The objective of the Companies Act 2006 here is intended to be deregulation, mainly intended for small to medium-sized owner/manager company businesses – but some of the provisions may be of interest to charitable companies.
From October 2007 Annual General Meetings (AGM) are no longer obligatory – but a company's Articles can still require an AGM. If the Articles already require one then it is compulsory unless the Articles are amended. Many charities, especially those with a wide membership body, will opt to retain AGMs.
The Act removes the right of a chairman of a general meeting of company members to have a casting vote – but the chairman of meetings of the directors/trustees may still exercise a casting vote.
The Act introduces enhanced proxy rights, with a statutory right for members to appoint a proxy who can attend, speak and vote at general meetings (even on show of hands) – these proxy rights can no longer be excluded.
A company secretary is no longer compulsory for private companies – but the company may still choose to retain the role. Charities with volunteer, non-executive trustees will usually need to appoint one of their number, or a non-trustee, to fulfil the role of a company secretary.
The notice period for general meetings will be 14 days regardless of the type of resolution to be passed (unless otherwise specified in the company's current Articles) – but we have found that many charities still opt to give their members 21 days' notice of general meetings.
Extraordinary resolutions are abolished, and the term "extraordinary general meeting" is removed from the legislation – the Act refers only to a "general meeting", if it is not an AGM.
A written resolution will no longer need the unanimous approval of all the company members. Ordinary written resolutions may now be passed with a simple majority of over 50% and special resolutions with a 75% majority (they formerly required unanimous approval). This provision may be useful for many charities - but a written resolution cannot be used to remove a trustee/director or an auditor.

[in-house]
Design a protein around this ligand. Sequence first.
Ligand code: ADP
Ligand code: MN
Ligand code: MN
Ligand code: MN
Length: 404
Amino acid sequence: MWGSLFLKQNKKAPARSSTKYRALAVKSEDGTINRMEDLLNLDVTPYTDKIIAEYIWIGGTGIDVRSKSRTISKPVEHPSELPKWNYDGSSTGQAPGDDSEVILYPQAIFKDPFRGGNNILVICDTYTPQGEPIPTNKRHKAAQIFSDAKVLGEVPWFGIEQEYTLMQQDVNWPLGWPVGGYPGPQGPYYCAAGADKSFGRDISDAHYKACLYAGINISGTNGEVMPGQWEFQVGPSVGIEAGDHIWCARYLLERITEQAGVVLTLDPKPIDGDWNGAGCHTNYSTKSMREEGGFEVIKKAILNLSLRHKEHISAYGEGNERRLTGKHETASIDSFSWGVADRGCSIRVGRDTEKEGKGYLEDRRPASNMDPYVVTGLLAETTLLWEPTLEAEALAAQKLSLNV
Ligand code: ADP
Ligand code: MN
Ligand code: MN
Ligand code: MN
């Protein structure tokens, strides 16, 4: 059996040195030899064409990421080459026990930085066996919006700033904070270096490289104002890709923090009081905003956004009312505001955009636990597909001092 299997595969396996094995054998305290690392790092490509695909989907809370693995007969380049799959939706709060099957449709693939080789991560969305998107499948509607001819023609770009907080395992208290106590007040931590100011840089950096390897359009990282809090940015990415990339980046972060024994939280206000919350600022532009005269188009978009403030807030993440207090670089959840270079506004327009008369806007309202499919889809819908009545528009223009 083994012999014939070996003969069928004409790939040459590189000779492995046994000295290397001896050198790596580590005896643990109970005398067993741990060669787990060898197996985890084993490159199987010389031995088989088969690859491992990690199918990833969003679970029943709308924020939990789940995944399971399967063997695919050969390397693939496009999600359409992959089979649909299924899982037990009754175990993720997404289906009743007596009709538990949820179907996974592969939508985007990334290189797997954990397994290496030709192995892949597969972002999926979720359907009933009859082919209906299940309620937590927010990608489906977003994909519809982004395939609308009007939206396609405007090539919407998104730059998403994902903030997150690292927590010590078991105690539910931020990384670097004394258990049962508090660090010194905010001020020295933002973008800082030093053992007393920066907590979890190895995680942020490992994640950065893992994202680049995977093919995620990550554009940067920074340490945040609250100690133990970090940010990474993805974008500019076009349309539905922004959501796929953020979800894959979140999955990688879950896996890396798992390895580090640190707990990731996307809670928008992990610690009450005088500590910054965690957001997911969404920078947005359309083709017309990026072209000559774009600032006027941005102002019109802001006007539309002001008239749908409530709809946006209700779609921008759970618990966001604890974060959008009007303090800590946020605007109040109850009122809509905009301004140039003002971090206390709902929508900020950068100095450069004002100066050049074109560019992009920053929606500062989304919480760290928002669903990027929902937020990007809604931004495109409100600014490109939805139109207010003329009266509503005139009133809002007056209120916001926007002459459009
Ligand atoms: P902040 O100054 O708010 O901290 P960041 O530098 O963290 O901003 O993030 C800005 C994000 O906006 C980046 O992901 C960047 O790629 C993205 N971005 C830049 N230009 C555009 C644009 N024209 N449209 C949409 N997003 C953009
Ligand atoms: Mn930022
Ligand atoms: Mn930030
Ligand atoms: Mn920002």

Members holding between them 5% of voting rights can propose a written resolution and require its circulation by the company, plus an accompanying statement, at the members' own expense unless the company agrees to pay the costs. Small activist groups of members who wish to challenge the decisions of the board of trustees - quite common in the charity sector - may be able to use this provision to further their agenda.
All companies should now have at least one 'natural' director i.e. a human being. This will affect companies in the charity sector which have a parent charitable company as the sole 'corporate' director, and which will need to appoint an individual to the board as well.
From October 2009 it should be possible for all directors to use a service address rather than a residential address for publication on the Companies House register, which may be preferred by many charity trustees.
Also, from October 2009, a new company's constitution will comprise only of the Articles of Association, which will include the company's objects. The Memorandum of Association will become simply a company formation document. For existing companies, the provisions in their Memorandum will be deemed to form part of their Articles.
As regards the public right to inspect a company's Register of members, there are new conditions for access. A person wishing to inspect the Register now has to provide his or her name and address, the purpose of the inspection and details of to whom the information will be disclosed. The Court may relieve a company of the obligation to allow access to the Register of Members.
Finally, all companies may now use electronic means and websites to communicate with their members, with their consent – although this may be deemed if a member does not object after 28 days’ notice of the intent to use such facilities, provided the company's request makes such proposed use clear. A charity may be able to use electronic communications to circulate annual report and accounts, financial statements, AGM notices and proxy appointments, thus considerably reducing printing and postage costs. Individuals members will retain the right to receive information in paper form if they wish.
Many of these changes in the legal regulations for company administration may enable charitable companies to simplify their procedures and to reduce costs in the long term, provided any necessary amendments to their Memorandum and Articles are adopted by the members in general meeting or by written resolution. Our Charities Unit will be able to assist your charity with this process and will provide a costs estimate on request.